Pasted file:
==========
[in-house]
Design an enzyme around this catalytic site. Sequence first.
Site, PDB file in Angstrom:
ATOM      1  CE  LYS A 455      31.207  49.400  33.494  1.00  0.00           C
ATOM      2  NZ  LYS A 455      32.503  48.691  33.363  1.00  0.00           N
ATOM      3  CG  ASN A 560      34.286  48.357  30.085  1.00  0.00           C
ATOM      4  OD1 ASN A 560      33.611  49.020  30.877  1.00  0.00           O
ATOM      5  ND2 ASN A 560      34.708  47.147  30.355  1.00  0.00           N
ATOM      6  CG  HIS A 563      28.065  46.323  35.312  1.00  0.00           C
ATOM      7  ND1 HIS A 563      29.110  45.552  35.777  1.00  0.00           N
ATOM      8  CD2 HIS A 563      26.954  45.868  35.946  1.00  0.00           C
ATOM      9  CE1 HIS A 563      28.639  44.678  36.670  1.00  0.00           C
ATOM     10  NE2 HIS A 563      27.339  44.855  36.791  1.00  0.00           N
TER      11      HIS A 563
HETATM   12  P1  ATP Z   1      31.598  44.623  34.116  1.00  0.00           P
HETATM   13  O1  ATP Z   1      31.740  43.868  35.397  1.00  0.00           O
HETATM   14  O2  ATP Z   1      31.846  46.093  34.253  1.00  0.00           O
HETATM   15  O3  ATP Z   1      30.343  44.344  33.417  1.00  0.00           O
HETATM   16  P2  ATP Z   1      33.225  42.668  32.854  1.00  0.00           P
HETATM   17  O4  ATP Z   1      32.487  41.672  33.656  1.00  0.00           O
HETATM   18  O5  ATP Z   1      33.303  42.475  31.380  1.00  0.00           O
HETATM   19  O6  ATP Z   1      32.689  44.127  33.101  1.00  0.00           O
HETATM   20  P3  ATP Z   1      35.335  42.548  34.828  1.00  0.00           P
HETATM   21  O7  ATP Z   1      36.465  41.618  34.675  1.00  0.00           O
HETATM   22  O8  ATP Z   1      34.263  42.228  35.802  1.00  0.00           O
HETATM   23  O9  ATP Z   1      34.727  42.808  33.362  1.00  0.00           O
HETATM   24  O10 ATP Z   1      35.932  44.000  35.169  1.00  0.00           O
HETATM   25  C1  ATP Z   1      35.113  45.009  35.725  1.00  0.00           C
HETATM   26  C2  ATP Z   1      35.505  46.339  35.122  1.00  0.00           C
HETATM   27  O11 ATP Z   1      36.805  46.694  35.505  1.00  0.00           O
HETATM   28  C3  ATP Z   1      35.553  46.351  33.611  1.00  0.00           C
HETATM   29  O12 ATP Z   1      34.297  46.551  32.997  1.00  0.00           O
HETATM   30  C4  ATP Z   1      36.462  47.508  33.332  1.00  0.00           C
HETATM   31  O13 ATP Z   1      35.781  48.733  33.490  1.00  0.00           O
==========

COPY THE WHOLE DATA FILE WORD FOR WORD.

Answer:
[in-house]
Design an enzyme around this catalytic site. Sequence first.
Site, PDB file in Angstrom:
ATOM      1  CE  LYS A 455      31.207  49.400  33.494  1.00  0.00           C
ATOM      2  NZ  LYS A 455      32.503  48.691  33.363  1.00  0.00           N
ATOM      3  CG  ASN A 560      34.286  48.357  30.085  1.00  0.00           C
ATOM      4  OD1 ASN A 560      33.611  49.020  30.877  1.00  0.00           O
ATOM      5  ND2 ASN A 560      34.708  47.147  30.355  1.00  0.00           N
ATOM      6  CG  HIS A 563      28.065  46.323  35.312  1.00  0.00           C
ATOM      7  ND1 HIS A 563      29.110  45.552  35.777  1.00  0.00           N
ATOM      8  CD2 HIS A 563      26.954  45.868  35.946  1.00  0.00           C
ATOM      9  CE1 HIS A 563      28.639  44.678  36.670  1.00  0.00           C
ATOM     10  NE2 HIS A 563      27.339  44.855  36.791  1.00  0.00           N
TER      11      HIS A 563
HETATM   12  P1  ATP Z   1      31.598  44.623  34.116  1.00  0.00           P
HETATM   13  O1  ATP Z   1      31.740  43.868  35.397  1.00  0.00           O
HETATM   14  O2  ATP Z   1      31.846  46.093  34.253  1.00  0.00           O
HETATM   15  O3  ATP Z   1      30.343  44.344  33.417  1.00  0.00           O
HETATM   16  P2  ATP Z   1      33.225  42.668  32.854  1.00  0.00           P
HETATM   17  O4  ATP Z   1      32.487  41.672  33.656  1.00  0.00           O
HETATM   18  O5  ATP Z   1      33.303  42.475  31.380  1.00  0.00           O
HETATM   19  O6  ATP Z   1      32.689  44.127  33.101  1.00  0.00           O
HETATM   20  P3  ATP Z   1      35.335  42.548  34.828  1.00  0.00           P
HETATM   21  O7  ATP Z   1      36.465  41.618  34.675  1.00  0.00           O
HETATM   22  O8  ATP Z   1      34.263  42.228  35.802  1.00  0.00           O
HETATM   23  O9  ATP Z   1      34.727  42.808  33.362  1.00  0.00           O
HETATM   24  O10 ATP Z   1      35.932  44.000  35.169  1.00  0.00           O
HETATM   25  C1  ATP Z   1      35.113  45.009  35.725  1.00  0.00           C
HETATM   26  C2  ATP Z   1      35.505  46.339  35.122  1.00  0.00           C
HETATM   27  O11 ATP Z   1      36.805  46.694  35.505  1.00  0.00           O
HETATM   28  C3  ATP Z   1      35.553  46.351  33.611  1.00  0.00           C
HETATM   29  O12 ATP Z   1      34.297  46.551  32.997  1.00  0.00           O
HETATM   30  C4  ATP Z   1      36.462  47.508  33.332  1.00  0.00           C
HETATM   31  O13 ATP Z   1      35.781  48.733  33.490  1.00  0.00           O